HMRC is investigating me. What do I do?


HMRC’s powers enable it to check whether your tax returns are correct. HMRC uses the term ‘compliance check’ to cover all types of enquiries, investigations and visits to business’s premises.

What are the main types of compliance check?

Tax return enquiry

For individuals and trustees, the most common type of compliance check is an enquiry focusing on a specific tax return. This is opened within 12 months of the return’s submission, unless it was submitted late. HMRC requests information and documents to enable it to check any aspect of the return (including the original cost of assets sold) and to ensure the return is complete. When it completes its enquiries, HMRC usually issues an ‘enquiry closure notice’ to either confirm that the tax return requires no amendments or to amend it.

Discovery assessments

In other cases HMRC may use its powers to obtain information and documents before issuing ‘discovery’ assessments to collect income tax or capital gains tax (CGT) for past years.

Code of Practice (COP) investigations

In some cases HMRC’s Fraud Investigations Service may open Code of Practice (COP) 8 or 9 investigations.

COP9 is used for cases of suspected fraud or deliberate errors.

COP8 tends to be used for cases where fraud is not suspected so the problem is more likely to be a technical issue, for example whether someone needs to pay tax in the UK. Both these investigations can be lengthy and may end in civil (rather than criminal) settlements.

For a COP9, HMRC only allows 60 days for an individual to decide how to respond: admit deliberate errors and disclose what went wrong; or deny fraud. The risk is that failing to tell HMRC of deliberate errors or failures may result in prosecution, so getting advice from a specialist tax advisor quickly after receiving HMRC’s opening letter is essential.

If you face a criminal investigation then you need a specialist solicitor’s help immediately.

Seven tips for dealing with compliance checks

The following tips will help you to deal with enquiries or civil investigations into income tax or capital gains tax.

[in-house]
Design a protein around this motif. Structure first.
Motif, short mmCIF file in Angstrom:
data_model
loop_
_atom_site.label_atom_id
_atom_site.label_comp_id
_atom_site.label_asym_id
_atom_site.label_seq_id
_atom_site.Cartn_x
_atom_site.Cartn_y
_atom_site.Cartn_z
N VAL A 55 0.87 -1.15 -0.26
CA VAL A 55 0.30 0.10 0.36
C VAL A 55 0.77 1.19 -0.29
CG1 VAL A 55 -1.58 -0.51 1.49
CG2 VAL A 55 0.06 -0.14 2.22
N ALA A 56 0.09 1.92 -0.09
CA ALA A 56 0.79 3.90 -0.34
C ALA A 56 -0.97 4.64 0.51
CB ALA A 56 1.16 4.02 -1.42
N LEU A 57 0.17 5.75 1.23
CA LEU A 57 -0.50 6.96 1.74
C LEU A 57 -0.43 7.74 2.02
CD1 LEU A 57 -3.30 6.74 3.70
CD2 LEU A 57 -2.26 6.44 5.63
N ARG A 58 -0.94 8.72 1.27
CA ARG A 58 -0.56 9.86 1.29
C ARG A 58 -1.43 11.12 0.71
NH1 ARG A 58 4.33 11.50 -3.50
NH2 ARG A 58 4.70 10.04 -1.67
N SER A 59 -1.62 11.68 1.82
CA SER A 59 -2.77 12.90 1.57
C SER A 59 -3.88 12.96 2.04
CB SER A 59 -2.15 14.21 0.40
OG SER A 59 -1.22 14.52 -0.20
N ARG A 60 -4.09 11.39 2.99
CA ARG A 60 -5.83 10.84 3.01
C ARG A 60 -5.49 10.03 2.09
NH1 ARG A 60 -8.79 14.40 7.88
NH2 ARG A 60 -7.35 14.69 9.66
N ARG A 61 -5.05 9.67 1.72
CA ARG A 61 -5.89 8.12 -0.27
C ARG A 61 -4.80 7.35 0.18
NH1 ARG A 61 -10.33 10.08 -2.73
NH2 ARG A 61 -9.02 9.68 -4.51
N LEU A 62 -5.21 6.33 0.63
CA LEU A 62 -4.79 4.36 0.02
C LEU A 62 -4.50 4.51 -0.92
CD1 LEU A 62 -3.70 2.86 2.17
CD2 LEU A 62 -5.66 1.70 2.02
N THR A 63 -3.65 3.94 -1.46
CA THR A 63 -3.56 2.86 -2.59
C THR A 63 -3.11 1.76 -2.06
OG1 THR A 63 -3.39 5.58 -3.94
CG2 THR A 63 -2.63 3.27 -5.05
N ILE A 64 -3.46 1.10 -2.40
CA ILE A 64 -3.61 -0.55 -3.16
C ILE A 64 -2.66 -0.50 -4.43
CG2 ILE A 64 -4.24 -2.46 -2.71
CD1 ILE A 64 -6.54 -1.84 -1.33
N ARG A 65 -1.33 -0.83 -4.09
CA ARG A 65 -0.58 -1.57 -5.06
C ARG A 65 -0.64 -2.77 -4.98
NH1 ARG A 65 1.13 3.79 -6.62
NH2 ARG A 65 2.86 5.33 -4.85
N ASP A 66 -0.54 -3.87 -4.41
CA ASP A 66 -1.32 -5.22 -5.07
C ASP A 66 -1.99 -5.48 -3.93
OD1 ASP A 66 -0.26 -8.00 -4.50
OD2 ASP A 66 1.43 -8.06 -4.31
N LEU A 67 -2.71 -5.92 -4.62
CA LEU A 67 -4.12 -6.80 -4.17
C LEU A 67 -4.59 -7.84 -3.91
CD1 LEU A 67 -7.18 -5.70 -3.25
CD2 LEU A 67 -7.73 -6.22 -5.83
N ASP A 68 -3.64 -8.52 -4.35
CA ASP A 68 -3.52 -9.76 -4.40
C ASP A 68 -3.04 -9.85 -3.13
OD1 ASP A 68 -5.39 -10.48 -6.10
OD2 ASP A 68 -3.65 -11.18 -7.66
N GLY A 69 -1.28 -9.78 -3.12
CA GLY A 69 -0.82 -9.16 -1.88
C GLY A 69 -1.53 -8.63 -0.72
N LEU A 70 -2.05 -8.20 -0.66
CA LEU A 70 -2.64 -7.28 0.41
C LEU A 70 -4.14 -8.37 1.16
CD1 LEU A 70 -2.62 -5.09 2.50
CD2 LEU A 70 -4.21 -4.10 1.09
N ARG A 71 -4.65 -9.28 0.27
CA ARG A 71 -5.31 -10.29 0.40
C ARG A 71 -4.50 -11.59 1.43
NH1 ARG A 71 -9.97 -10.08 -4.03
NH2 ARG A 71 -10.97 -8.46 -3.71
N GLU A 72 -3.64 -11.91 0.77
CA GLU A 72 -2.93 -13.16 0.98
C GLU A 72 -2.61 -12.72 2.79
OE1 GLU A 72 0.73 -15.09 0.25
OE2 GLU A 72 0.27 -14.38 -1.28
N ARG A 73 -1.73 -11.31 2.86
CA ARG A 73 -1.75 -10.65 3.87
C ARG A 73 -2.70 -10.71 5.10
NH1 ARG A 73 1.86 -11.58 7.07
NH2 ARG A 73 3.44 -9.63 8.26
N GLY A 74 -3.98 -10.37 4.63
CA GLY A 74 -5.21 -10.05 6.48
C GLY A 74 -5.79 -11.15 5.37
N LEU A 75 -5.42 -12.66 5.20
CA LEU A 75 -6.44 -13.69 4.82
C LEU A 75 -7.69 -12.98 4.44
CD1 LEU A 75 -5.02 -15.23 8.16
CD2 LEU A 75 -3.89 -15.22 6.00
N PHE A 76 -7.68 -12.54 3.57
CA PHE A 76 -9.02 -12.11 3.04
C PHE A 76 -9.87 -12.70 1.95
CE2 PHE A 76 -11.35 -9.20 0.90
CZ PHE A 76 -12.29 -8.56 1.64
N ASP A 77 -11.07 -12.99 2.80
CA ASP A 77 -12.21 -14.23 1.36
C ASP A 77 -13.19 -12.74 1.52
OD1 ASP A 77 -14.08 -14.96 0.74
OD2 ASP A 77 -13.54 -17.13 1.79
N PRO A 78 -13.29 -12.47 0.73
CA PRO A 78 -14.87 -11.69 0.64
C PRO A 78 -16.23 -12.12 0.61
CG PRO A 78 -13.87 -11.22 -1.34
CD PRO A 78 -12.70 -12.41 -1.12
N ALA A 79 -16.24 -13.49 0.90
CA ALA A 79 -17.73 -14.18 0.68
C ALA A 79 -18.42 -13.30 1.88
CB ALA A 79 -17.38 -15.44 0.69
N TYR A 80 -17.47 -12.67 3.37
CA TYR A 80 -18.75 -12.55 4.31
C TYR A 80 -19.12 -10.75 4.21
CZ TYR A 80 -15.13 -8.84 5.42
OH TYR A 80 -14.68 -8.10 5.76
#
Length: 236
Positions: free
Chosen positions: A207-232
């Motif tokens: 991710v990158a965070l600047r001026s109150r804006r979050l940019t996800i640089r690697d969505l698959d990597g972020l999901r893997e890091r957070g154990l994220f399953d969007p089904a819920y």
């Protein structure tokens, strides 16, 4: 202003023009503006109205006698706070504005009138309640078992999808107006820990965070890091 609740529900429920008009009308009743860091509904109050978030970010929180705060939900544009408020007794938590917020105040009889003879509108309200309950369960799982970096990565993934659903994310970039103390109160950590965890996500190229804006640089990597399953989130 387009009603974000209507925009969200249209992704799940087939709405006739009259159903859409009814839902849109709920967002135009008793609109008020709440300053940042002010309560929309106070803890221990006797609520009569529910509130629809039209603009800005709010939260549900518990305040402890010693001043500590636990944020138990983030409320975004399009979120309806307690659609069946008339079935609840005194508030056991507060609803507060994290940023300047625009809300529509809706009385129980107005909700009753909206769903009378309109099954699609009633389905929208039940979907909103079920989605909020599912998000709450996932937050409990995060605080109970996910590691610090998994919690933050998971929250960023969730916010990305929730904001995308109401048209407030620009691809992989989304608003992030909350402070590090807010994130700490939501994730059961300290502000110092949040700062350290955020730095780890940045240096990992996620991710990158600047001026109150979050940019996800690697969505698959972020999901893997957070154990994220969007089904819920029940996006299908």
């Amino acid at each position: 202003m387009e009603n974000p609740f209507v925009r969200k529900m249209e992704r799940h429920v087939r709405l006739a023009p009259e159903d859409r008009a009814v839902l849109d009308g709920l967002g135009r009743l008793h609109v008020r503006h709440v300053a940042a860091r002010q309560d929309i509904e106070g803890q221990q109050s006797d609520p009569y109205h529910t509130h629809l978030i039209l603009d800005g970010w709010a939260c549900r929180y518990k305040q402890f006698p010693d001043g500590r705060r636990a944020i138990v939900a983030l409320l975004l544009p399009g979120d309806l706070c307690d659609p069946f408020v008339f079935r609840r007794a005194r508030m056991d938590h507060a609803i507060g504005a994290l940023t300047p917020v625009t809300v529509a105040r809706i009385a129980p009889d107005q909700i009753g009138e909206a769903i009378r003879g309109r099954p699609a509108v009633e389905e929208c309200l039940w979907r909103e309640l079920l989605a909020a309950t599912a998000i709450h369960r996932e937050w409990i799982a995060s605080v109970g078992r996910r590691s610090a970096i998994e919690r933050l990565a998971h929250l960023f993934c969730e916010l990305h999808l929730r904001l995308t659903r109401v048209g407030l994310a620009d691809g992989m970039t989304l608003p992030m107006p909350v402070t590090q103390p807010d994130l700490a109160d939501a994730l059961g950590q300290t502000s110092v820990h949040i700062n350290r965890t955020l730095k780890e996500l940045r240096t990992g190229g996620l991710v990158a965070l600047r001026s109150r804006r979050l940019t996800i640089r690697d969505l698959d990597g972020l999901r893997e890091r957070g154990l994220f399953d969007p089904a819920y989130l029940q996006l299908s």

1. Seek professional advice  quickly from an advisor who specialises in dealing with the type of enquiry or investigation that you face
  2. Provide HMRC with the relevant information and documents quickly, as delays may increase penalties if they are due
  3. Anticipate HMRC’s next question and answer it now – providing explanations often shortens the enquiry process
  4. Be ready to explain what went wrong if there is an issue with your tax return – HMRC needs to know in order to decide if a penalty is due. Penalties can be up to 300% of the tax and may result in publishing of your details, although careless error penalties may be suspended
  5. Making a payment on account of tax due will mitigate late payment interest charges
  6. If you disagree with HMRC’s decisions, closure notices or assessments, then get help to appeal them within 30 days of the date they were issued
  7. If you will struggle to pay what you owe and you need time to pay, ask now – don’t wait for HMRC to use bailiffs, insolvency powers, etc.

Helen Adams TEP is Tax Principal at BDO LLP in London, UK


An article of this kind can never provide a complete guide to the law in these areas, which may be subject to change from time to time. The opinions and suggestions made within this article should not be interpreted as specific advice in relation to any particular individual or individuals. Neither STEP, the article author or their firm accept responsibility for any loss occasioned by someone acting or refraining to act on the basis of the opinions and suggestions contained in this article. More